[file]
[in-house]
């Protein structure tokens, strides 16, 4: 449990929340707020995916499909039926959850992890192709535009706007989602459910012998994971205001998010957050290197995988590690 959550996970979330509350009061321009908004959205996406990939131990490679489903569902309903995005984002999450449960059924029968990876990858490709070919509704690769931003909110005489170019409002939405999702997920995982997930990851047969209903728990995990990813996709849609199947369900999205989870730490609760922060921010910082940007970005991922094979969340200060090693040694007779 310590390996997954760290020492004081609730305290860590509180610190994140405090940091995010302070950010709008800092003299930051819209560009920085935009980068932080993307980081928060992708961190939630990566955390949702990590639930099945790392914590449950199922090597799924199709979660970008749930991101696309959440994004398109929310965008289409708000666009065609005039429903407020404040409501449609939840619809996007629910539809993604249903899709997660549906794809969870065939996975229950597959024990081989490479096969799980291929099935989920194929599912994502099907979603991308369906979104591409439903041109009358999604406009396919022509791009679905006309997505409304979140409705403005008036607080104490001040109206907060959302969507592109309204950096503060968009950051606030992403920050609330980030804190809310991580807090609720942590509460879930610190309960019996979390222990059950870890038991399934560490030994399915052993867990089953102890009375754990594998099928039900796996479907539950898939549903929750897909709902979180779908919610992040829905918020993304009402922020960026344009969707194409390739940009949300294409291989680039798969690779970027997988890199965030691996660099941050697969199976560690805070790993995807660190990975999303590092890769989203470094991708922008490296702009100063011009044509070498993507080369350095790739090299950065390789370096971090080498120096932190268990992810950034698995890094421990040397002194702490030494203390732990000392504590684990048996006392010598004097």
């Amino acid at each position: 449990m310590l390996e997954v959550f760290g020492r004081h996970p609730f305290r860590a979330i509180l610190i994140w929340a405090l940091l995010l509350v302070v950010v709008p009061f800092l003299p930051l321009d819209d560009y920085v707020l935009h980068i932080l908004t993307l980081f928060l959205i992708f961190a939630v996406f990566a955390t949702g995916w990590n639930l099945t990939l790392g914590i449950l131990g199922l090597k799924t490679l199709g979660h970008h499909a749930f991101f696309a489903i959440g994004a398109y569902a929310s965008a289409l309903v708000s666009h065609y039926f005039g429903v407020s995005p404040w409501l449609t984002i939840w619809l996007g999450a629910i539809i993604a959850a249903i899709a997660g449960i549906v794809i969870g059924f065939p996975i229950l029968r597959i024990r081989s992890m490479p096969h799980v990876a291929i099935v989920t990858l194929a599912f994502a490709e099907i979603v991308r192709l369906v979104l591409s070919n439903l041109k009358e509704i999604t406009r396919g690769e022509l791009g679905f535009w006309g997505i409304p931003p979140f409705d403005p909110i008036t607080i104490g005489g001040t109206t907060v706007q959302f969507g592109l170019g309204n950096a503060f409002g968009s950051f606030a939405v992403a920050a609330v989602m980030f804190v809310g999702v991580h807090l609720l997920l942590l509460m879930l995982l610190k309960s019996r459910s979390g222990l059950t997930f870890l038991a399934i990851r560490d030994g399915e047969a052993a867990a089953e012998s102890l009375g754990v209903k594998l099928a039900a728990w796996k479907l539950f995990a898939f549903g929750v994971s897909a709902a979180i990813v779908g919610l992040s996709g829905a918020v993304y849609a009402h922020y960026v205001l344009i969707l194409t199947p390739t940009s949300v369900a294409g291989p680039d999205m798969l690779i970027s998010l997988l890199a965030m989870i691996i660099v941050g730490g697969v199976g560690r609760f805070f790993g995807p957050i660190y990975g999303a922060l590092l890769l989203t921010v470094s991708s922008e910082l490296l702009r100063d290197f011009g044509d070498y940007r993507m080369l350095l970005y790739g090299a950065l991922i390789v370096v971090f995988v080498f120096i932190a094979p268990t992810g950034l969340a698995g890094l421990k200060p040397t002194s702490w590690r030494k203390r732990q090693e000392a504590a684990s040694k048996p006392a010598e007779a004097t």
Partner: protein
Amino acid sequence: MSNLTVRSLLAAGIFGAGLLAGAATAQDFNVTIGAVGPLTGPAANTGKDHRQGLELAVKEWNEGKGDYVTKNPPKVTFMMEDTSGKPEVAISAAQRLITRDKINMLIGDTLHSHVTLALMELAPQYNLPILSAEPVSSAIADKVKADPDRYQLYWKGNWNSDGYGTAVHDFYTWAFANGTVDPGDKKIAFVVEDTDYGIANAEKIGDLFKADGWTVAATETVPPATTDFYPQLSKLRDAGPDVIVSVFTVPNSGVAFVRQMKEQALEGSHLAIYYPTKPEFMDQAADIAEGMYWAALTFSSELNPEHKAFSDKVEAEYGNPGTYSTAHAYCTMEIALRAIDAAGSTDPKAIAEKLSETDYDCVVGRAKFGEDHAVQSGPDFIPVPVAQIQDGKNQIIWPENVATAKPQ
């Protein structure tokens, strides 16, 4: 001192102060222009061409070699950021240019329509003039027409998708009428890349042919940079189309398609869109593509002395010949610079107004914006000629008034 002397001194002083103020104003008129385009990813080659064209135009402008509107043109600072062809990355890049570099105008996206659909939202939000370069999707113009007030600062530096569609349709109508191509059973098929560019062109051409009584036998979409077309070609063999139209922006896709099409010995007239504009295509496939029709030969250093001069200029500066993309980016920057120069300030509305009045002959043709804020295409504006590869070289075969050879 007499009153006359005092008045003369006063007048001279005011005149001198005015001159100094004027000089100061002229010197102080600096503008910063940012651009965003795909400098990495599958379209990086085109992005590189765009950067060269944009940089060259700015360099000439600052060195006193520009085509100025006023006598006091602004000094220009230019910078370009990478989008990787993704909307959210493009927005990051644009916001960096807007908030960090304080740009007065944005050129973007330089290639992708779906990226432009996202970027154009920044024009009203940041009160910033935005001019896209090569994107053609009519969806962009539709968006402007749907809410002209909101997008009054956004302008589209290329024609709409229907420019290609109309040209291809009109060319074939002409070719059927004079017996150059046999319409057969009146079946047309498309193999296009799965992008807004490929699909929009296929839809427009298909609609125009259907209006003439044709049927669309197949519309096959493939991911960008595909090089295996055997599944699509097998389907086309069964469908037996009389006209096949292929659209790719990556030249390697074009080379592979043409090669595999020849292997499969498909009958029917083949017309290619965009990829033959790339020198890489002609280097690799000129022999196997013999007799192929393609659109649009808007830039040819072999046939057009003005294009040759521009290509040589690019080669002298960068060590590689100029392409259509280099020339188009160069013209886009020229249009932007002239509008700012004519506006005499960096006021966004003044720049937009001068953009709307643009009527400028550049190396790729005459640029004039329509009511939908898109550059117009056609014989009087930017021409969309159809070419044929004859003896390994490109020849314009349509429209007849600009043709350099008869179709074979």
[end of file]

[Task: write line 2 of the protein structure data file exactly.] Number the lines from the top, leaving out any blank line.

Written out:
């Protein structure tokens, strides 16, 4: 449990929340707020995916499909039926959850992890192709535009706007989602459910012998994971205001998010957050290197995988590690 959550996970979330509350009061321009908004959205996406990939131990490679489903569902309903995005984002999450449960059924029968990876990858490709070919509704690769931003909110005489170019409002939405999702997920995982997930990851047969209903728990995990990813996709849609199947369900999205989870730490609760922060921010910082940007970005991922094979969340200060090693040694007779 310590390996997954760290020492004081609730305290860590509180610190994140405090940091995010302070950010709008800092003299930051819209560009920085935009980068932080993307980081928060992708961190939630990566955390949702990590639930099945790392914590449950199922090597799924199709979660970008749930991101696309959440994004398109929310965008289409708000666009065609005039429903407020404040409501449609939840619809996007629910539809993604249903899709997660549906794809969870065939996975229950597959024990081989490479096969799980291929099935989920194929599912994502099907979603991308369906979104591409439903041109009358999604406009396919022509791009679905006309997505409304979140409705403005008036607080104490001040109206907060959302969507592109309204950096503060968009950051606030992403920050609330980030804190809310991580807090609720942590509460879930610190309960019996979390222990059950870890038991399934560490030994399915052993867990089953102890009375754990594998099928039900796996479907539950898939549903929750897909709902979180779908919610992040829905918020993304009402922020960026344009969707194409390739940009949300294409291989680039798969690779970027997988890199965030691996660099941050697969199976560690805070790993995807660190990975999303590092890769989203470094991708922008490296702009100063011009044509070498993507080369350095790739090299950065390789370096971090080498120096932190268990992810950034698995890094421990040397002194702490030494203390732990000392504590684990048996006392010598004097």